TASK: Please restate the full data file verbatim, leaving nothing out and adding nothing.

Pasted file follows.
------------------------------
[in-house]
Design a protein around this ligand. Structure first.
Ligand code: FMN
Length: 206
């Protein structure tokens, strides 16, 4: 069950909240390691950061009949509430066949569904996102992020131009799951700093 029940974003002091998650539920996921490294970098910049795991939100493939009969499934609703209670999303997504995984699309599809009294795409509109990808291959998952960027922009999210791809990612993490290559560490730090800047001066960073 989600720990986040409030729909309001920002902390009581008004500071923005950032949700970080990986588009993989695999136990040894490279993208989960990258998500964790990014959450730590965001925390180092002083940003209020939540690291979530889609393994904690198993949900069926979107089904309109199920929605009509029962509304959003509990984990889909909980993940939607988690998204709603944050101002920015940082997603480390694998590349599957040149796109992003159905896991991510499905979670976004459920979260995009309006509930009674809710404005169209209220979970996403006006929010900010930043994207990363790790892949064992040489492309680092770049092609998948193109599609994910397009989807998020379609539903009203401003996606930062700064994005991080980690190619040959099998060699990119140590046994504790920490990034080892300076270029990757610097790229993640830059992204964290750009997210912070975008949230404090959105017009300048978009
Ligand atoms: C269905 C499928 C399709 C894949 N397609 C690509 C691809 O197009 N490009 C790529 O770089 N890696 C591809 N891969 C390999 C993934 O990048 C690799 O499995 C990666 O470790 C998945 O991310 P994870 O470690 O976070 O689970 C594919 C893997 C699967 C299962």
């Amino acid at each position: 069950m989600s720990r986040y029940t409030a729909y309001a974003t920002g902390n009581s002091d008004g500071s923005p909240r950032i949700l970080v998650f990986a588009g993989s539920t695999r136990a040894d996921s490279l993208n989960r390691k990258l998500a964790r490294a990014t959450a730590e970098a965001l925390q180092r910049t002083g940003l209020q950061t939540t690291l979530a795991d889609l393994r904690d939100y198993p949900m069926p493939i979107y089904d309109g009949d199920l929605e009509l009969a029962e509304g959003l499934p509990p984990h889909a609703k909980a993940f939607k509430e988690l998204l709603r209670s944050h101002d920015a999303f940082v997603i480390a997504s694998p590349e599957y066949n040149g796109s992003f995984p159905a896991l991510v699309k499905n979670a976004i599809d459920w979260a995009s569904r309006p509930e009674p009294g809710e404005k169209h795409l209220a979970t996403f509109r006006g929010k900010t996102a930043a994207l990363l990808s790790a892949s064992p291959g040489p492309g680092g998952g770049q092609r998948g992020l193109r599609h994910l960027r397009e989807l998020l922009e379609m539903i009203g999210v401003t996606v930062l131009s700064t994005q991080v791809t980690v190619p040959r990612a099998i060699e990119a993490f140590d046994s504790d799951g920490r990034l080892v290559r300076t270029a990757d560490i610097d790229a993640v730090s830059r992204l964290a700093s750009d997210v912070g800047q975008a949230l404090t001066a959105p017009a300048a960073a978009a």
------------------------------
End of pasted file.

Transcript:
[in-house]
Design a protein around this ligand. Structure first.
Ligand code: FMN
Length: 206
């Protein structure tokens, strides 16, 4: 069950909240390691950061009949509430066949569904996102992020131009799951700093 029940974003002091998650539920996921490294970098910049795991939100493939009969499934609703209670999303997504995984699309599809009294795409509109990808291959998952960027922009999210791809990612993490290559560490730090800047001066960073 989600720990986040409030729909309001920002902390009581008004500071923005950032949700970080990986588009993989695999136990040894490279993208989960990258998500964790990014959450730590965001925390180092002083940003209020939540690291979530889609393994904690198993949900069926979107089904309109199920929605009509029962509304959003509990984990889909909980993940939607988690998204709603944050101002920015940082997603480390694998590349599957040149796109992003159905896991991510499905979670976004459920979260995009309006509930009674809710404005169209209220979970996403006006929010900010930043994207990363790790892949064992040489492309680092770049092609998948193109599609994910397009989807998020379609539903009203401003996606930062700064994005991080980690190619040959099998060699990119140590046994504790920490990034080892300076270029990757610097790229993640830059992204964290750009997210912070975008949230404090959105017009300048978009
Ligand atoms: C269905 C499928 C399709 C894949 N397609 C690509 C691809 O197009 N490009 C790529 O770089 N890696 C591809 N891969 C390999 C993934 O990048 C690799 O499995 C990666 O470790 C998945 O991310 P994870 O470690 O976070 O689970 C594919 C893997 C699967 C299962």
């Amino acid at each position: 069950m989600s720990r986040y029940t409030a729909y309001a974003t920002g902390n009581s002091d008004g500071s923005p909240r950032i949700l970080v998650f990986a588009g993989s539920t695999r136990a040894d996921s490279l993208n989960r390691k990258l998500a964790r490294a990014t959450a730590e970098a965001l925390q180092r910049t002083g940003l209020q950061t939540t690291l979530a795991d889609l393994r904690d939100y198993p949900m069926p493939i979107y089904d309109g009949d199920l929605e009509l009969a029962e509304g959003l499934p509990p984990h889909a609703k909980a993940f939607k509430e988690l998204l709603r209670s944050h101002d920015a999303f940082v997603i480390a997504s694998p590349e599957y066949n040149g796109s992003f995984p159905a896991l991510v699309k499905n979670a976004i599809d459920w979260a995009s569904r309006p509930e009674p009294g809710e404005k169209h795409l209220a979970t996403f509109r006006g929010k900010t996102a930043a994207l990363l990808s790790a892949s064992p291959g040489p492309g680092g998952g770049q092609r998948g992020l193109r599609h994910l960027r397009e989807l998020l922009e379609m539903i009203g999210v401003t996606v930062l131009s700064t994005q991080v791809t980690v190619p040959r990612a099998i060699e990119a993490f140590d046994s504790d799951g920490r990034l080892v290559r300076t270029a990757d560490i610097d790229a993640v730090s830059r992204l964290a700093s750009d997210v912070g800047q975008a949230l404090t001066a959105p017009a300048a960073a978009a």